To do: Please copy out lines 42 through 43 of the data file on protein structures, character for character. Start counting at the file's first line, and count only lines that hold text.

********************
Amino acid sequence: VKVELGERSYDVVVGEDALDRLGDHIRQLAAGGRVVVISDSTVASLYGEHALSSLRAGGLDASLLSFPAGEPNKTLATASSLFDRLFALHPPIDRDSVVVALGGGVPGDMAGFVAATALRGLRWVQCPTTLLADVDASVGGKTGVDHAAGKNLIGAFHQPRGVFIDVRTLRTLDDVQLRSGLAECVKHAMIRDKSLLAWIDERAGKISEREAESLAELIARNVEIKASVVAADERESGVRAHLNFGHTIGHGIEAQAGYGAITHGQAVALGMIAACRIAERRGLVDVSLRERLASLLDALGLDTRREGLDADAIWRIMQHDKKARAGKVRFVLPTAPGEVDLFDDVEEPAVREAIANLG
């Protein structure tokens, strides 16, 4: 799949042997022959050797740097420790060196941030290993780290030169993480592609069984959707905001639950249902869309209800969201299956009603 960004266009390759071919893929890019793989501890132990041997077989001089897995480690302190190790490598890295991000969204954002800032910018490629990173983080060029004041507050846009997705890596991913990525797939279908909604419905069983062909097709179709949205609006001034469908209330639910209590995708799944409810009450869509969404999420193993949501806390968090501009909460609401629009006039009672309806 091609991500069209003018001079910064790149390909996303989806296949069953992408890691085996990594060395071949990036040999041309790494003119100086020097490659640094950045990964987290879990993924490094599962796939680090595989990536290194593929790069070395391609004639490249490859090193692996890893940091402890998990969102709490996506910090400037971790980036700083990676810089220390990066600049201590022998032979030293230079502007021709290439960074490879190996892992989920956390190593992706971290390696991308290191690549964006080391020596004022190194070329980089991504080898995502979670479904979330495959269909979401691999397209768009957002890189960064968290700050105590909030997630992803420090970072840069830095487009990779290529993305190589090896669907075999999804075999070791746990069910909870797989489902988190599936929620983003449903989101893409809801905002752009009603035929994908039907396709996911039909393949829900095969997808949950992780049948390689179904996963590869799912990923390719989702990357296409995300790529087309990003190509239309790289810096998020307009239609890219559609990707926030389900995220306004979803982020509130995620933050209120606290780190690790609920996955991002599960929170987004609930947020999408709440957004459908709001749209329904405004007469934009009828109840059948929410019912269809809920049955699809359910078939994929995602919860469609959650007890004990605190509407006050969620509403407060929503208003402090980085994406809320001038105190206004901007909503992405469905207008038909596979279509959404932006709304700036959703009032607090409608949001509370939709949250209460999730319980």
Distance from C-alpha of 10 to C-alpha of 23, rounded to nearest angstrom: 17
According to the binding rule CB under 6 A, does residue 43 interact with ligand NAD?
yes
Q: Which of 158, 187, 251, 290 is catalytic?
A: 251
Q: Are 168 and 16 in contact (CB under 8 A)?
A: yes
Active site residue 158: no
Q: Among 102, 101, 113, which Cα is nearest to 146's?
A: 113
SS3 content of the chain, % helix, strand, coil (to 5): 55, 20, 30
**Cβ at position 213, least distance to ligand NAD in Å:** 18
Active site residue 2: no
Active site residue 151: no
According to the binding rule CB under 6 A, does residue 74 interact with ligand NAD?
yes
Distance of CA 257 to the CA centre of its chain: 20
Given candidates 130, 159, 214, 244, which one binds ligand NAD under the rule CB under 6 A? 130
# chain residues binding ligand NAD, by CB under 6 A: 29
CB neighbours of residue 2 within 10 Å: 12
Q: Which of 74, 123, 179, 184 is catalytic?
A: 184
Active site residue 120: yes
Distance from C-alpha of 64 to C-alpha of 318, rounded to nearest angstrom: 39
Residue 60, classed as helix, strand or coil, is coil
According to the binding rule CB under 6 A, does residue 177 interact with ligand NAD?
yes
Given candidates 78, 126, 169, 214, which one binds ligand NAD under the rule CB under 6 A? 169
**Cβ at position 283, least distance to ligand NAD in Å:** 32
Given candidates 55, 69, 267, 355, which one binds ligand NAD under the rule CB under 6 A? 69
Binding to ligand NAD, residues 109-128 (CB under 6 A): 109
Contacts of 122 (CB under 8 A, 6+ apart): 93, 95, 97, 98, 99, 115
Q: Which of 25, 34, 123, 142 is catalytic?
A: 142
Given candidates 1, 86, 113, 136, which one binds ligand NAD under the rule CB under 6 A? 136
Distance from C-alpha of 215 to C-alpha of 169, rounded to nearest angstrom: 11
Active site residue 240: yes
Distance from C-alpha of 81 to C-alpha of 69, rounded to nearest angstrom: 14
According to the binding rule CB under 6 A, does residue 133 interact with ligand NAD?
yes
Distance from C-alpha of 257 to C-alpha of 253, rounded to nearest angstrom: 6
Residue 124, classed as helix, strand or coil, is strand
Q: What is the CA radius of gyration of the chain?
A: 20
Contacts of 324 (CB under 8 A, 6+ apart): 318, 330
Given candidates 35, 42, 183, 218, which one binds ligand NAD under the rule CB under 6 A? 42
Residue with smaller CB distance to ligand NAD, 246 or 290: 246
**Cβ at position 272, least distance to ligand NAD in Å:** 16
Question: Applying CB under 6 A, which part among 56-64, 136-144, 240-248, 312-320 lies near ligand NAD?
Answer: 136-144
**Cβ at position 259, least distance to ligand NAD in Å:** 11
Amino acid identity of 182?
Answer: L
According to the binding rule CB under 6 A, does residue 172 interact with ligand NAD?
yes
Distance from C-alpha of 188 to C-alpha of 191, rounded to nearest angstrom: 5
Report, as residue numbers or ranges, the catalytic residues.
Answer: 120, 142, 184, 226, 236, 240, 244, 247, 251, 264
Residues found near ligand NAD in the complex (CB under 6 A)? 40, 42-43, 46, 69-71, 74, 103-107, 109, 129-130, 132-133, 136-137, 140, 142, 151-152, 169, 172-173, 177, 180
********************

yes
Distance from C-alpha of 257 to C-alpha of 253, rounded to nearest angstrom: 6